As the afterword explains the story of the 47 Ronin is perhaps one of Japan’s most cherished tales of honor and avenging a wrong, the lasting impact of which can be seen in the multiple times in multiple formats the story has appeared in while entertaining many in its original country as well as many of the films having been exported out to the rest of the world and the production ranks are soon to be joined by a major motion picture in the works based on the theme from Hollywood as well. With Dark Horse Comics having chiseled out a space among fans of Japanese manga and with a domestic movie on the way what better time was there for Dark Horse founder Mike Richardson to bring a tale he had been planning for a quarter century to the printed page.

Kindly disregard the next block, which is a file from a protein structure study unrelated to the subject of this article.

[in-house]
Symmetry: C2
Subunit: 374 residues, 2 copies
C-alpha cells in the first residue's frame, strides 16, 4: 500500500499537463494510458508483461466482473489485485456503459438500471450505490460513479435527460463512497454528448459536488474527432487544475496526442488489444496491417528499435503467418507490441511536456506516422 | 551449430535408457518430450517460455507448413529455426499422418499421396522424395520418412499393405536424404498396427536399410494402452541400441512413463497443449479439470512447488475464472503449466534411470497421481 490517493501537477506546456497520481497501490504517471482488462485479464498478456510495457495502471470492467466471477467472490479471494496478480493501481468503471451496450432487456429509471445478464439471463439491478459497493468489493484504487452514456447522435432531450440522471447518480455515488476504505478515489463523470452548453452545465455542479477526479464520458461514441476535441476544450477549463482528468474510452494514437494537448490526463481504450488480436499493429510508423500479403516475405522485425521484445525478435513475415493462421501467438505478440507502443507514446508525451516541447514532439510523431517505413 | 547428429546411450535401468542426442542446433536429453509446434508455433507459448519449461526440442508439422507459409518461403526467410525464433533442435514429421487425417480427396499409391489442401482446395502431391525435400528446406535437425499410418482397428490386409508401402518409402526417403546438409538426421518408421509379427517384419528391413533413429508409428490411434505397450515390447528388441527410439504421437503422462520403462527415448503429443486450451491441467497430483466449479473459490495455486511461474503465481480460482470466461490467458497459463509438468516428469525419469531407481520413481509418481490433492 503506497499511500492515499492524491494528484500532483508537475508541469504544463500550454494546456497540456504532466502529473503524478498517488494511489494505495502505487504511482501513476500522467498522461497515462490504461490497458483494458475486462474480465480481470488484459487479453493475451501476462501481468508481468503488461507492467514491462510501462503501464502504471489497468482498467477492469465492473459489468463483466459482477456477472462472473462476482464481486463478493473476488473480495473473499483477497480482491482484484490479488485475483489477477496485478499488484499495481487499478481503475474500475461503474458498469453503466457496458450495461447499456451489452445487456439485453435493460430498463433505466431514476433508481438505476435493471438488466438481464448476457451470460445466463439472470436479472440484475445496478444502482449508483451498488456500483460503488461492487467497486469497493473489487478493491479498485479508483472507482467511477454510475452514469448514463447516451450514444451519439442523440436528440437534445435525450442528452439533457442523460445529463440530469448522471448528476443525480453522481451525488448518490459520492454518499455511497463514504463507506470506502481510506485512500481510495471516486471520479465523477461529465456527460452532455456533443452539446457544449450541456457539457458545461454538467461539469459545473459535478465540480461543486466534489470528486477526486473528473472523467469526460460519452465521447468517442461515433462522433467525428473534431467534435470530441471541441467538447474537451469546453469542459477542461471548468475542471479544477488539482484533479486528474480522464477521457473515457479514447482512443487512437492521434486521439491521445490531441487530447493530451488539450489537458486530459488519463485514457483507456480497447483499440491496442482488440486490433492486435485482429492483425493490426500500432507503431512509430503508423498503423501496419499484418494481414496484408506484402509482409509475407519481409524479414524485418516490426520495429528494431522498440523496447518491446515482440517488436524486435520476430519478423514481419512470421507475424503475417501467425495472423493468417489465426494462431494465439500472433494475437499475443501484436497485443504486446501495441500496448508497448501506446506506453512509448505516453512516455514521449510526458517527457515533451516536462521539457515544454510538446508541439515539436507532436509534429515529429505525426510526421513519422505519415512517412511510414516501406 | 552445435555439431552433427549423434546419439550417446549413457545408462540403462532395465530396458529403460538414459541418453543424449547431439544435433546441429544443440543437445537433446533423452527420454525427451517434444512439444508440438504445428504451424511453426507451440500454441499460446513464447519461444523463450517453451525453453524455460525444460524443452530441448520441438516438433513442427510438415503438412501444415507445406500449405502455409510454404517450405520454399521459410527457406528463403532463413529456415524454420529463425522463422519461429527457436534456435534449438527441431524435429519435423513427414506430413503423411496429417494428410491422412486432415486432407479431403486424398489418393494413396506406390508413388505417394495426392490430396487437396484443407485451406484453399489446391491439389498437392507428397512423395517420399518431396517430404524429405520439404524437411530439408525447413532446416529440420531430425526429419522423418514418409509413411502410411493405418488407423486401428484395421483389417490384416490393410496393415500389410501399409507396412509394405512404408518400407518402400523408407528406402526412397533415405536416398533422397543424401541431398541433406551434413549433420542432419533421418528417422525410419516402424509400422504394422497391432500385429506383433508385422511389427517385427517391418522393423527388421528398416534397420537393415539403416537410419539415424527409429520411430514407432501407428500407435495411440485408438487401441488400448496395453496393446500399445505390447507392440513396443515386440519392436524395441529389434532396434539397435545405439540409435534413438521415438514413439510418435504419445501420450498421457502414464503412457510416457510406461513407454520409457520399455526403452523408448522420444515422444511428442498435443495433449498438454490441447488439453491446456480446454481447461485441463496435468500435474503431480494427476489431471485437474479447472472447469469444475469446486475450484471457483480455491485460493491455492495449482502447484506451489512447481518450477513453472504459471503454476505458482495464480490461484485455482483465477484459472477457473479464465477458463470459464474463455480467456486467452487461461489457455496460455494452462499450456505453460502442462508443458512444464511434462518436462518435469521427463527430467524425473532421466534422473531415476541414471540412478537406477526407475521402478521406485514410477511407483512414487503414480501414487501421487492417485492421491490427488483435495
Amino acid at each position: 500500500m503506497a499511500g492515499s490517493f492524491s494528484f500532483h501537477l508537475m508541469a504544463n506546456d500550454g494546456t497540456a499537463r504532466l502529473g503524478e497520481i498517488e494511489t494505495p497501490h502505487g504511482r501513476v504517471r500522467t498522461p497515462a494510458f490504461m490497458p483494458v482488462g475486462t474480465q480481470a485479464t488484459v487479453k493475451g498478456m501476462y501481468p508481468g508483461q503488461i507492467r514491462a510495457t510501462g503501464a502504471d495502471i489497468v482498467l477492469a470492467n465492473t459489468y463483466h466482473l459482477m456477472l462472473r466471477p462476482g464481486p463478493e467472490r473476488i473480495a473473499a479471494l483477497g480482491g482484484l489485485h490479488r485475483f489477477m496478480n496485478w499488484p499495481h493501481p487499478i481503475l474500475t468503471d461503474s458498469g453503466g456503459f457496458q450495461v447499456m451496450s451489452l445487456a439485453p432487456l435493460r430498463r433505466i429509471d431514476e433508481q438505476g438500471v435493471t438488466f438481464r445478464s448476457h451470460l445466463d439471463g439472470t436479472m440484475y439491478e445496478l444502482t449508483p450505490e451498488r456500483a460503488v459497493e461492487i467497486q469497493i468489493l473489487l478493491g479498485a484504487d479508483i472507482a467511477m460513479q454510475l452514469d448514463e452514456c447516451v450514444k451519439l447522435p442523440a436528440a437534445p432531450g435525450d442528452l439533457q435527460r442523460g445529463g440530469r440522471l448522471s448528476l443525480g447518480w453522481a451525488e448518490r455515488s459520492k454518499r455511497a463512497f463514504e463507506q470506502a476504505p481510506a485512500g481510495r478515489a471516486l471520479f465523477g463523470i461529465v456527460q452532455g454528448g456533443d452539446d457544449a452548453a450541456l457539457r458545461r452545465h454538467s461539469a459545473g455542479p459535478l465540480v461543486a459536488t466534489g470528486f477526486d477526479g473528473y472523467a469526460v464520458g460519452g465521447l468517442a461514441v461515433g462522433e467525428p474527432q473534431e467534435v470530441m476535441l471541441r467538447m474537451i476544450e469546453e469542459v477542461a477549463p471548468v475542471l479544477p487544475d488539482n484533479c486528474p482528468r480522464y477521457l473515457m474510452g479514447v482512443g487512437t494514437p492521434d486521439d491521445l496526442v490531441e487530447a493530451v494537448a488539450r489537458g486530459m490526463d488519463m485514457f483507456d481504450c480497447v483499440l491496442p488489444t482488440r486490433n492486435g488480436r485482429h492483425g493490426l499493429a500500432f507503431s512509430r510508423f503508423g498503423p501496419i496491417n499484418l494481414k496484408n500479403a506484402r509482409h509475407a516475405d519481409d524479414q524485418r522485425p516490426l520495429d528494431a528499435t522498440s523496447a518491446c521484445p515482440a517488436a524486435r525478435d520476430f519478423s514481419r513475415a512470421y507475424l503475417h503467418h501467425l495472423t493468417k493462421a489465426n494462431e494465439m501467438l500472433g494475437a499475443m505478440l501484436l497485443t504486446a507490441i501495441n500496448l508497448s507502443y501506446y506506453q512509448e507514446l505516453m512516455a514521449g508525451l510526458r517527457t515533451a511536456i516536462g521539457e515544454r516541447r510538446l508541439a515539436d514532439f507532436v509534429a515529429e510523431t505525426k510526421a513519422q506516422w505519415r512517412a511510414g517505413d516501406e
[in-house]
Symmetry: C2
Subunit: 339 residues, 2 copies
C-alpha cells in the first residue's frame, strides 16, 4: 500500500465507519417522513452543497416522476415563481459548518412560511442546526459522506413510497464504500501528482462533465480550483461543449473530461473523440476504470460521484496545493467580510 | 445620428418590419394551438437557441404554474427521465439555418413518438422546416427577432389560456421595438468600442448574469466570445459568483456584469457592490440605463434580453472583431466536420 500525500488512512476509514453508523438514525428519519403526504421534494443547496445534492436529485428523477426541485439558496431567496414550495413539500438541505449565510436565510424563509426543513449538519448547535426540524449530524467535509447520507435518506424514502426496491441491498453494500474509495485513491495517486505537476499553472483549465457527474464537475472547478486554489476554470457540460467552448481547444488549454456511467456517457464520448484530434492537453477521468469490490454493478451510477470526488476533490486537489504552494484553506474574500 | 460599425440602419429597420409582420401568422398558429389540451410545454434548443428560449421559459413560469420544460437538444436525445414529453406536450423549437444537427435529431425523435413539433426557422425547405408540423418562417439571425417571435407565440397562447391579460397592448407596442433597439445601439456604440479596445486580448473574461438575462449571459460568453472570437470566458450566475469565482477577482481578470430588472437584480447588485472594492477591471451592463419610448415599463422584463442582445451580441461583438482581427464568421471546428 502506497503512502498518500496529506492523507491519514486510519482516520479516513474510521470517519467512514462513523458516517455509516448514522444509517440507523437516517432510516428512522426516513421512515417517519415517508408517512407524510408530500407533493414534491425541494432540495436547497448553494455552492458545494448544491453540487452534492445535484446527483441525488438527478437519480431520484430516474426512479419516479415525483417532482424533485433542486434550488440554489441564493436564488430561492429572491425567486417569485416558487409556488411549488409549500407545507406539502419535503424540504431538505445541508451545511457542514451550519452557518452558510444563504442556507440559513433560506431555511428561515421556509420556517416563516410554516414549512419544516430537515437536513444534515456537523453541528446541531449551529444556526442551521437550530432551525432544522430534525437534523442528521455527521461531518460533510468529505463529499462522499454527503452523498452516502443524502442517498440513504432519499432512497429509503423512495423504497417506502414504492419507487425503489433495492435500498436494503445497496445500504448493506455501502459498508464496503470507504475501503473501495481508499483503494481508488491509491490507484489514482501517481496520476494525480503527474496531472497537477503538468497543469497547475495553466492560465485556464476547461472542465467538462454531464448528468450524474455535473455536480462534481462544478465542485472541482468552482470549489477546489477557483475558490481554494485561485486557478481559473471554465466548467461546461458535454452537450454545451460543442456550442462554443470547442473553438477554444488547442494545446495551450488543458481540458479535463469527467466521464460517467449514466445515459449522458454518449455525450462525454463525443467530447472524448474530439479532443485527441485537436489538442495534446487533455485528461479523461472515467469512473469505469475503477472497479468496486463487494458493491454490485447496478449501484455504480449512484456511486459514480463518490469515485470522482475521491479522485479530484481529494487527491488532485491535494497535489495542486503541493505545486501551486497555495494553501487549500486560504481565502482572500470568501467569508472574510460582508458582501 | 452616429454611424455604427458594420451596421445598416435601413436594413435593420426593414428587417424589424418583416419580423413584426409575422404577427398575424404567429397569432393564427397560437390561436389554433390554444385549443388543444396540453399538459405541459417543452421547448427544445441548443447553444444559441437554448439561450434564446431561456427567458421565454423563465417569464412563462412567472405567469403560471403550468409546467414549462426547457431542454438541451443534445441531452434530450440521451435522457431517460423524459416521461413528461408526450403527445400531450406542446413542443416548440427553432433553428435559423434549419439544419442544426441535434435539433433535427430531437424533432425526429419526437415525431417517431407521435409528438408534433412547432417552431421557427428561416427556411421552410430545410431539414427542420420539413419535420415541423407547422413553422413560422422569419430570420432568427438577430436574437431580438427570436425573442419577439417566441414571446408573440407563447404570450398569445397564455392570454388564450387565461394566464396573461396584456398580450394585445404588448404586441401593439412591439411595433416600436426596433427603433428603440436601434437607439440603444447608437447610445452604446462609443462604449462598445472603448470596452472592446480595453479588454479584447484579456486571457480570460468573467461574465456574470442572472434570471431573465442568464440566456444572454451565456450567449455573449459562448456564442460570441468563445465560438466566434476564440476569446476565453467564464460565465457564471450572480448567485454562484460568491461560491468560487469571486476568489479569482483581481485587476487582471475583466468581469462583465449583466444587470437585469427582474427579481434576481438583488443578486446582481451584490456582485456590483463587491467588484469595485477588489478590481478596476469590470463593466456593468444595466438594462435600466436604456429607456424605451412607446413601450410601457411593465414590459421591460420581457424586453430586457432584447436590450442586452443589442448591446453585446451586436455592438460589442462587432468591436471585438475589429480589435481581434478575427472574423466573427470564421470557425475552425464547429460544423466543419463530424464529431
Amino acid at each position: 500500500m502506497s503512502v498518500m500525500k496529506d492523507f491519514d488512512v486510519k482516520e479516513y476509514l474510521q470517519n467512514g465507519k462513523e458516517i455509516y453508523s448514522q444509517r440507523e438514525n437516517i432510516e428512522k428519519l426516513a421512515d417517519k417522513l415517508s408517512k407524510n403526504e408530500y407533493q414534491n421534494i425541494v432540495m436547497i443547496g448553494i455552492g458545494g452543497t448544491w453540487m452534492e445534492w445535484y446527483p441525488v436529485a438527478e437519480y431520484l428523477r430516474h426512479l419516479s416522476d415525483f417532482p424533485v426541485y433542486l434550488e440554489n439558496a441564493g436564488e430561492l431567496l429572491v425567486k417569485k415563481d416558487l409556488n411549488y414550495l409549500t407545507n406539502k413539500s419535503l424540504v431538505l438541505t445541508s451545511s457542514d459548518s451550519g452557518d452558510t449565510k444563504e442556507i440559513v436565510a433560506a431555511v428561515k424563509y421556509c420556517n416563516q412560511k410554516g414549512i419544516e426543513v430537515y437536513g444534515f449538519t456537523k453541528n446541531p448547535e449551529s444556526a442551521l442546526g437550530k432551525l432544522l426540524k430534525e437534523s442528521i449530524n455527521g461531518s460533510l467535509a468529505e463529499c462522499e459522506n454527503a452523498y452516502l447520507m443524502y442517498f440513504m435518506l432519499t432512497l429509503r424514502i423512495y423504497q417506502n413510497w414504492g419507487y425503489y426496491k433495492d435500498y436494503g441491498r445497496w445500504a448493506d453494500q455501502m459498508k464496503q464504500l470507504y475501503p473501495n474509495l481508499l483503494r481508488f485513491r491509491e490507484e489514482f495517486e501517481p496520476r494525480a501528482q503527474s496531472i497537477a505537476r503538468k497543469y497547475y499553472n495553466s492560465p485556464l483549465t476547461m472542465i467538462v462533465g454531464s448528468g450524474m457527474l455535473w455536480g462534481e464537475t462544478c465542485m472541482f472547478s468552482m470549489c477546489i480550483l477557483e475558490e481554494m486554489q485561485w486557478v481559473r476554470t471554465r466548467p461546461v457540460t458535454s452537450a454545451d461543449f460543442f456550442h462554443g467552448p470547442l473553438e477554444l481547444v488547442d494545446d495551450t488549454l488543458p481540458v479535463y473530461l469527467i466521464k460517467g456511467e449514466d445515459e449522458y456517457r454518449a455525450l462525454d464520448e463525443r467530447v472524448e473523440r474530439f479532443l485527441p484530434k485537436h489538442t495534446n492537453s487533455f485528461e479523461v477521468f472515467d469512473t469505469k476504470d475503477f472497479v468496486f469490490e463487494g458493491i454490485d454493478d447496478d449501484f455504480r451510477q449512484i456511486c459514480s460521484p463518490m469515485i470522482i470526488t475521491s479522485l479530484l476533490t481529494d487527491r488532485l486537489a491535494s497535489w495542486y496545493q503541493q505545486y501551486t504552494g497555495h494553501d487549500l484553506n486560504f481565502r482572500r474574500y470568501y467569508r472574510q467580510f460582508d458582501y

In order to accomplish this task of brining his idea to life he teamed up with Stan Sakai, probably most famous for creating and drawing his sword wielding rabbit Usagi Yojimbo character that combined many Japanese themes and folklore into stories that have made the character a hit among no small number of comic fans and beyond as the character managed to sneak out into even larger pop culture recognition by appearing in the Teenage Mutant Ninja Turtles cartoon and toy line. In his art for Usagi Yojimbo Sakai uses some fantastic elements that mix both simplicity and complexity in his drawings along with a vivid color scheme that creates an almost fairy tale like atmosphere for his characters, and while he swaps out his anthropomorphic themes for human designs the same gentle yet masterful strokes that serve his famed creation well also emphasize the emotions and mood that the story sets here.